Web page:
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Don Young is a never-say-die dude, which is why his name appears in this column so often. His protests against urban gas drilling were among the first to ring out in Fort Worth, and his persistence has helped shape what little protections residents have managed to get in a city that’s run by a mayor whose fortune was made in oil and gas.

But when it comes to causes, Young’s first love is the 160-acre paradise within spitting distance of his Eastside home. From Young’s front porch, he can behold the Tandy Hills Natural Area’s gorgeous canvas of 540-plus native prairie grasses and wildflowers, one of the last remnants of the great grassland prairie that once covered what is now Fort Worth.

“It’s the most valuable piece of real estate in the city because there is nothing else like it that’s left,” he said. “Your average front yard has about a dozen species of native plants.”

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The view this time of year is especially breathtaking, when Indian blankets, hyacinth, engelmann sage, milkwort, bluets, and many other wildflowers are blooming. In his quest to protect, this former shy guy has become the P.T. Barnum of Fort Worth environmentalists. Three years ago, he founded Prairie Fest in his front yard to draw attention to Tandy Hills, and about 500 people came out to hike the trails, listen to music and poetry, and learn about environmental issues affecting the city. His West

Meadowbrook neighborhood embraced the event, although some refer to it as a hippie fest, which irritates Young to no end. “It’s not a bunch of granola-chewing dope smokers,” he said. “It’s about healthy living and taking care of the planet, and that’s something that’s been missing from Fort Worth since the 1970s.”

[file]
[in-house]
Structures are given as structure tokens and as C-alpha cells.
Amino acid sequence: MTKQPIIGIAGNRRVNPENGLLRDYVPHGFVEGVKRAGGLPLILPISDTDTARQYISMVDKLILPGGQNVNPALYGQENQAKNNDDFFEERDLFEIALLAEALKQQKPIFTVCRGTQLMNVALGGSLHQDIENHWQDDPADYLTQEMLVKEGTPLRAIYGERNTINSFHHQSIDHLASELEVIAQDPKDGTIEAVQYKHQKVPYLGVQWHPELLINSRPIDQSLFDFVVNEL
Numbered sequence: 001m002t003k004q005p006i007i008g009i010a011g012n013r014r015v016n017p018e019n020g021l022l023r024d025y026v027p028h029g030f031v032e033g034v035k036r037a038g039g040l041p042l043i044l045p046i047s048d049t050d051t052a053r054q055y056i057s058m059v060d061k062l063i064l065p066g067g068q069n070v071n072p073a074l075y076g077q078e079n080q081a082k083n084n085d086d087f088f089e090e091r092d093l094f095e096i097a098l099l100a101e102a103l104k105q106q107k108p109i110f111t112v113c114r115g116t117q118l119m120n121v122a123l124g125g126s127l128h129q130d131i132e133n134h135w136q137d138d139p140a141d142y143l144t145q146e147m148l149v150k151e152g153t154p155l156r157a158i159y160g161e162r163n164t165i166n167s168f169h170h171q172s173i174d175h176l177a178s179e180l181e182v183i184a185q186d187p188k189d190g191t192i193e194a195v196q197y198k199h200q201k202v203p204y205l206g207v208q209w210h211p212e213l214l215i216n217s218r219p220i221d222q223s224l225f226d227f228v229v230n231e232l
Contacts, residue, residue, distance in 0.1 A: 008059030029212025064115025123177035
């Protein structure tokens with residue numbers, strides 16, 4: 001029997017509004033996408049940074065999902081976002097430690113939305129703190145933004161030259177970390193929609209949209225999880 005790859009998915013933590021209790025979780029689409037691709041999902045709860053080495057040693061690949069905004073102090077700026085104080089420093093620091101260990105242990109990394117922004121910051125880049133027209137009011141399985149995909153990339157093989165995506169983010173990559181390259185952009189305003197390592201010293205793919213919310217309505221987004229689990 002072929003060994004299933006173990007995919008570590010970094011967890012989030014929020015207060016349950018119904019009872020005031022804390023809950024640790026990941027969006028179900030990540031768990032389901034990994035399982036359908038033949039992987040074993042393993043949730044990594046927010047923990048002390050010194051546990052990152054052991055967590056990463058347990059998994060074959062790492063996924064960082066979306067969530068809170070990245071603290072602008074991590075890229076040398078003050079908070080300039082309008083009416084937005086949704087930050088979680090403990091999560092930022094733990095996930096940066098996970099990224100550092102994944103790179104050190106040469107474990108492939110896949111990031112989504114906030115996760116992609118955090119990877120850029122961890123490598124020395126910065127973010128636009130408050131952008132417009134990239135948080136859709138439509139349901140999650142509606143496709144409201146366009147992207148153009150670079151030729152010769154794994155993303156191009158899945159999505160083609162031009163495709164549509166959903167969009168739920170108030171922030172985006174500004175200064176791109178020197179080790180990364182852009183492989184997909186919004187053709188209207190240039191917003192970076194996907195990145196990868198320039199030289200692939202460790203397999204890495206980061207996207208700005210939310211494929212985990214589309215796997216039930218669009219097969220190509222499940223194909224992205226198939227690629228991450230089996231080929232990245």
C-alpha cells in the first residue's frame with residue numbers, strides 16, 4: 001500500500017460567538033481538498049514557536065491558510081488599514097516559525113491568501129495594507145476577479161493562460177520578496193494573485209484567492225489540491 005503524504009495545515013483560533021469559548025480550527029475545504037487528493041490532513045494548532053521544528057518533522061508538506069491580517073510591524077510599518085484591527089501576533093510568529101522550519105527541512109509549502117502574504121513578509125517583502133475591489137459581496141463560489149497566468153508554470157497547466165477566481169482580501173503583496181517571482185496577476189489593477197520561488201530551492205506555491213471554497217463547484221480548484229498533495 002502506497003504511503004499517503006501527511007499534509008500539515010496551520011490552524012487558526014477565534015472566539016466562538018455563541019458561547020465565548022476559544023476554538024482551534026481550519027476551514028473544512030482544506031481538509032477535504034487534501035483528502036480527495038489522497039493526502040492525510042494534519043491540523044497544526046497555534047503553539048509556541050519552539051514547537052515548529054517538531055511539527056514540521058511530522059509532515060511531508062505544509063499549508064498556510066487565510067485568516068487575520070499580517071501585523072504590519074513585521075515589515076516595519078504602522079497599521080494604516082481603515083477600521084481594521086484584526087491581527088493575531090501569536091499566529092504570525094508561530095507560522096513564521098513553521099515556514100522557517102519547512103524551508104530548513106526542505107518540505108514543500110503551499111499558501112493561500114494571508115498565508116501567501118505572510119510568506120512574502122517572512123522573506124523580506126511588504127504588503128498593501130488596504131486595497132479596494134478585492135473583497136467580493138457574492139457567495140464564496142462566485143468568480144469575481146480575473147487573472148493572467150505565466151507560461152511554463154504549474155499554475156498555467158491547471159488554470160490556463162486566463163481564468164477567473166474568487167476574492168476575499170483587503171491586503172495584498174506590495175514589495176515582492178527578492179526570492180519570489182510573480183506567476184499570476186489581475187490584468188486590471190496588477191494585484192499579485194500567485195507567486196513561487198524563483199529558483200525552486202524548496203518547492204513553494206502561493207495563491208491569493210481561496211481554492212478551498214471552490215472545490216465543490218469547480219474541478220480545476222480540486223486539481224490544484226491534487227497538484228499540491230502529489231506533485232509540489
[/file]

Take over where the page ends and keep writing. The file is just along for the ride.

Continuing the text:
The third annual event, held a few weeks ago, drew 3,500 visitors and 80 vendors and turned a profit for the first time, which will help pay for next year’s event. Young’s artist wife, Debora, boosted the bottom line by selling copies of her limited edition Prairie Wildflowers of Tandy Hills Natural Area, a field guide containing 84 hand-drawn and colored illustrations of the park’s most fetching flora.

Fort Worth Nature Center staffers were at Tandy Hills giving official wildflower tours, and more than 300 people participated. Many others went on solo tours. Even the teenagers at nearby Nolan Catholic High School are on board. The school’s ecology class recently completed a documentary on the challenges the park is facing, particularly the onslaught of urban gas drillers.

To Mayor Mike Moncrief, Chesapeake, XTO, and the like, “Don Young” is a name that leaves a bitter taste on the tongue. But Static raises a glass to him – elderberry wine, perhaps, or that other drink made from those natural hops and barley and stuff.

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